Over the Edge

Don’t leave an ankle dangling over. Not even a toe. That was the rule. If you did, the monster under the bed would seize you as you slept. Ragged, blackened fingernails would trace their way up your calf before digging cruelly into your flesh. Veins would pop out from the unforgiving muscles of the creature’s forearm as his hand crushed ligament and bone. You would be dragged underneath your bed and down into the depths. Continue reading “Over the Edge”

Face to Face with Death

Delighted to have my nasty little short story ‘Face to Face with Death’ featured in the inaugural issue of New York-based literary journal ‘Whatever Keeps the Lights On‘. If you’re looking for somewhere new to submit your writing, you could do a lot worse than have a look here; the editors were quick to respond, passionate about promoting their journal, and very friendly.

Read my story here. Continue reading “Face to Face with Death”

The Big C

A short story…

God almighty I hate cancer.

That’s not strictly true. I hate the gravitas that cancer assumes, the sombre expression it wears at consultations and support groups. I can’t bring myself to treat it that seriously. Anything that I dress up for in a hospital gown that opens at my arse can’t be a proper antagonist. Any enemy that I take my clothes off to face isn’t worthy of the name. My keys, wallet, and phone all go in the locker. I can see a smile looking back at me in the dull steel. Continue reading “The Big C”

The Phone Box

The rumours seemed to start in the wind as such things often do. There was no flickering light in the top of the phone box, no broken glass in the door. Neither was there any noticeable smell in the cubicle save for the sour, metallic odour present in every phone box in every town in Britain. No-one could remember anything having happened inside the booth – no gruesome murder or grisly stabbing. Nevertheless, it stood on the corner of the road outside my flat like a solitary red warning finger in the gloom. Continue reading “The Phone Box”

Courting Drama

‘Could you turn your head please? A little more, perhaps? Perfect. And you – I’m not getting enough from you at the moment. I want rage. I want impotent indignation. Imagine that you’ve just received a parking ticket you didn’t deserve. You can see the car park attendant walking away, smirking. That’s more like it. I want to see spittle flecking from your snarling lips. I want to see veins popping in your neck, capillaries bursting in your eyes. Excellent. Continue reading “Courting Drama”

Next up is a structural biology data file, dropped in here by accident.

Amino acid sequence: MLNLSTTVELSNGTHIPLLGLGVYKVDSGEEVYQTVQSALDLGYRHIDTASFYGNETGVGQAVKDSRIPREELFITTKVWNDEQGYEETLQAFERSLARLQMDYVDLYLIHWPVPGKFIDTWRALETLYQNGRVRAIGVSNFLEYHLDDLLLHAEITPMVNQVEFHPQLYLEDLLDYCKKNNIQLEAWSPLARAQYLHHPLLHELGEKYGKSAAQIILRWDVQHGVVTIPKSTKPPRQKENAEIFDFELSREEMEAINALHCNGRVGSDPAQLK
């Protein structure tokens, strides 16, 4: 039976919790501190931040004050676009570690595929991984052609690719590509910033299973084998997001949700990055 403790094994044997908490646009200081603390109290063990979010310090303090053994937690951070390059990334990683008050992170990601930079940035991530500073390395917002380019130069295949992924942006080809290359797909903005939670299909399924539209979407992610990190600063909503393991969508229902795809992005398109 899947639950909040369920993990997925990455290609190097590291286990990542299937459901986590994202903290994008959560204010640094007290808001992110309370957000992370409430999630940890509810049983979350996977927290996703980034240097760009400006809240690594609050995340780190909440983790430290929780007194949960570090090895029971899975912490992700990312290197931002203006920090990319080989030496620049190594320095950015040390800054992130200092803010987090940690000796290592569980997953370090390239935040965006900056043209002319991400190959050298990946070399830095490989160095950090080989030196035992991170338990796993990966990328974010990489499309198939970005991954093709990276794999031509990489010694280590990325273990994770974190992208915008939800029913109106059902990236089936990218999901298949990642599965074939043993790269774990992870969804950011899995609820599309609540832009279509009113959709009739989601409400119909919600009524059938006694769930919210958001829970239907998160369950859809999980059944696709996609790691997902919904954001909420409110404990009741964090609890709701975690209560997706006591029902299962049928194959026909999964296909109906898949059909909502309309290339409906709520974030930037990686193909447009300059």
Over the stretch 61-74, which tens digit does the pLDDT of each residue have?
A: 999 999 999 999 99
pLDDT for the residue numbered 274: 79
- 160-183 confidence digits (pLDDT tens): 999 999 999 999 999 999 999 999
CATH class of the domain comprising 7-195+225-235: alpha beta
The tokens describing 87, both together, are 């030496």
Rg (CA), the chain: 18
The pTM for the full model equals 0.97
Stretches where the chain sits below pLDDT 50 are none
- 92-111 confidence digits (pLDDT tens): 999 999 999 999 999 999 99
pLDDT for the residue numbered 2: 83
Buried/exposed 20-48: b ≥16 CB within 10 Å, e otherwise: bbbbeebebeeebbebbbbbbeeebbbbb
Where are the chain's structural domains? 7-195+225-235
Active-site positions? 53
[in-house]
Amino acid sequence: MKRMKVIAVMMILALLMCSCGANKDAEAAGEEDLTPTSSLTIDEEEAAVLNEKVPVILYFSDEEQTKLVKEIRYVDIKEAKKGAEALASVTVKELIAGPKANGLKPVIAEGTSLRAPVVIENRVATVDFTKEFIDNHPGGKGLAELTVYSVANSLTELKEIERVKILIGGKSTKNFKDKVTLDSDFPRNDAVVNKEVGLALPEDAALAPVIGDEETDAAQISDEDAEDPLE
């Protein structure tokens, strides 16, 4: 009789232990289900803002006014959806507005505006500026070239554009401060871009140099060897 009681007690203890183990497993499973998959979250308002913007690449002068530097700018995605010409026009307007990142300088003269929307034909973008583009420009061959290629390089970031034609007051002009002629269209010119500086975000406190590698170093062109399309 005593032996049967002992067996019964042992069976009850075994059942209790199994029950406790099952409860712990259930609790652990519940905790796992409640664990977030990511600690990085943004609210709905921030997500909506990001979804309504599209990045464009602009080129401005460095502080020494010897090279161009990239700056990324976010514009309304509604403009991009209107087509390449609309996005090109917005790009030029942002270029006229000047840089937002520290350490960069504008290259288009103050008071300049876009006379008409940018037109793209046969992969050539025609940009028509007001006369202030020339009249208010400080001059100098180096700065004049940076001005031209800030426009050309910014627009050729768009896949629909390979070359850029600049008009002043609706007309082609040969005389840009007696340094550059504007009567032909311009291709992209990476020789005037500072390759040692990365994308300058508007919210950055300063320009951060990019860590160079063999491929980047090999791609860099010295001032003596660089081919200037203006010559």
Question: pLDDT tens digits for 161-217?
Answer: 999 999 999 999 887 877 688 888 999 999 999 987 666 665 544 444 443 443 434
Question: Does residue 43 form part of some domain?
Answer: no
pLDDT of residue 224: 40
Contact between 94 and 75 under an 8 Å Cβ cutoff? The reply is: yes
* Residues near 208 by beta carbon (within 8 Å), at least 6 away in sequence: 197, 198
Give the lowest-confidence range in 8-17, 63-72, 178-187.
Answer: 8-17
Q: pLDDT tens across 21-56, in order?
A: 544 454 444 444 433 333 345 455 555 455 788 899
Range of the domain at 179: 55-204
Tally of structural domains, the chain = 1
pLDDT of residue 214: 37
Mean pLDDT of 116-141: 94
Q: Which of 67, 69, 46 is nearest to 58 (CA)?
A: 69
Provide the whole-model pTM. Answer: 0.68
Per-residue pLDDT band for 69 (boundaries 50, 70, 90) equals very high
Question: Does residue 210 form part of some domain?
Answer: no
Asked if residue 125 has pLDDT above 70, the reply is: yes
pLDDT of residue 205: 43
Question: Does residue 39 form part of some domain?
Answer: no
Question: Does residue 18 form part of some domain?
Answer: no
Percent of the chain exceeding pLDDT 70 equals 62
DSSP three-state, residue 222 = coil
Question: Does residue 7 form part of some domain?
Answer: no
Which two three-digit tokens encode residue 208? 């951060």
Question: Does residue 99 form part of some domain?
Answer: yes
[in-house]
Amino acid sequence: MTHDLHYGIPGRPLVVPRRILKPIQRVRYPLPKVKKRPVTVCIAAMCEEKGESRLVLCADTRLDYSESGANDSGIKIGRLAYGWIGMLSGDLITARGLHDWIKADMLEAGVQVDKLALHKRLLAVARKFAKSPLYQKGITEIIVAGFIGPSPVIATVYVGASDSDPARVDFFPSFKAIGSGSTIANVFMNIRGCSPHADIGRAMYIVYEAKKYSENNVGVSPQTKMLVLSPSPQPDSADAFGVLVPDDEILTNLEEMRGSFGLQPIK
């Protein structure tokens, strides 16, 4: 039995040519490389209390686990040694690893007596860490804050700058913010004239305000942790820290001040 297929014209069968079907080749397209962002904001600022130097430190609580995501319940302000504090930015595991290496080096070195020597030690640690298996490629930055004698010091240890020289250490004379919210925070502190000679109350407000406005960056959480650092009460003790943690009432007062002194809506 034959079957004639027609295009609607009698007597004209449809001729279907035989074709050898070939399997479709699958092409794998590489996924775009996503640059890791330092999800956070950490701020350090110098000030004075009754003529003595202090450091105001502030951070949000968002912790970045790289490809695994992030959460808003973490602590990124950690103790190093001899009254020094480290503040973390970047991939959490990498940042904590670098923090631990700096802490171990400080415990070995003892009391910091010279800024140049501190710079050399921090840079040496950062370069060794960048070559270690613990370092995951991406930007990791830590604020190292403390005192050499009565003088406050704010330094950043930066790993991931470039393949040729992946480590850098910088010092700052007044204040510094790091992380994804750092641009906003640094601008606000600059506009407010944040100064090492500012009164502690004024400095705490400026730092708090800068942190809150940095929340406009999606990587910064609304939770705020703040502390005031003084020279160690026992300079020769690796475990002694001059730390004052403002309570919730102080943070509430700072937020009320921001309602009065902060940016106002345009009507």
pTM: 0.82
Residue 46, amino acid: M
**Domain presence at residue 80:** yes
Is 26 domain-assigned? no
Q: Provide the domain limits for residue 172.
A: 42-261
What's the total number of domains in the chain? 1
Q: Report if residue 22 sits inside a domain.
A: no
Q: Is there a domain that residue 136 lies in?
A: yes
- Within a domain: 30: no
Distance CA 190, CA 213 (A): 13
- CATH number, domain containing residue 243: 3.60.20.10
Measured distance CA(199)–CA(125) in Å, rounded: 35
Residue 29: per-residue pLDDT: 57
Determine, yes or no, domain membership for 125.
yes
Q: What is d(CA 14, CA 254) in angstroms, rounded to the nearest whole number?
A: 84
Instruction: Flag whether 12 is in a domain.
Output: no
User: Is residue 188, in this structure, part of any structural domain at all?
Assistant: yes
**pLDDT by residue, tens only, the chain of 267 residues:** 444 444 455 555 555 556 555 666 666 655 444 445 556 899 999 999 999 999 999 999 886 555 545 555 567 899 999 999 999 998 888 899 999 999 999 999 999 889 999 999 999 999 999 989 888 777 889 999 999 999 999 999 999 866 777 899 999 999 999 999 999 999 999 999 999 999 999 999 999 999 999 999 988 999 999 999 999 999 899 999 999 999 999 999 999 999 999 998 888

Nomophobia

Was that a tremor of a curtain in a darkened window? No matter. A pivot, a leap, and I’m over the garden fence. A shimmy and a jump take me on top of the shed. I listen for the sound of pursuers, for the creak of a back door opening as someone checks that all is well. There is nothing but the warm night air pressing in on my eardrums.

My objective is still above me, but for a moment I look not up, but out. I feel like Dick Van Dyke taking in Victorian London, but instead of soot-stained chimneys and greasy roof tiles I have row upon row of bristling satellite dishes and TV aerials, their angles cocked at the skies to hear the better.

How has it come to this?

I wipe my hands on my trousers and take a firm grip of the satellite dish. One, two, three heaves brings it away from the wall. Brick dust sprinkles over the driveway below me, followed by the clatter of the dish as it cartwheels into the road. It stops in front of a police car. Torchlight swivels from the patrol car window, fumbling over the rooftops before finding me. They know who they’re looking for – the same man they’ve caught tearing satellite equipment from houses every night this week. No matter. My work here is done.

In a few hours that family will wake. They’ll reach for their mobiles, their television remotes. They’ll ask for Alexa. They’ll tap away at their laptops. Eventually they will conclude that they have no choice but to converse, at least in the short term. Perhaps teenagers will scuttle down from their bedrooms. Maybe parents will concern themselves with what their children have planned for the upcoming day instead of what some politician did in London yesterday. If I’m lucky, they’ll remember what it is to construct sentences, to be curious about each other.

Of course, they will need something to be curious about. Fear not nomophobics, for I have provided once again. What could be more conversation-provoking, after all, than a night prowler loose on the rooftops. My crimes will provide a spark, a fire to set those tongues wagging.

Chim Chim Cheroo.

 


Matthew Richardson is a writer of short stories. His work has featured in Gold Dust magazine, Literally Stories, Near to the Knuckle, McStorytellers, Penny Shorts, Soft Cartel, and Shooter magazine. He is an absentee member of the Glasgow Writers Group, a PhD student at the University of Dundee, a lucky husband, and a proud father.

Not necessarily in that order

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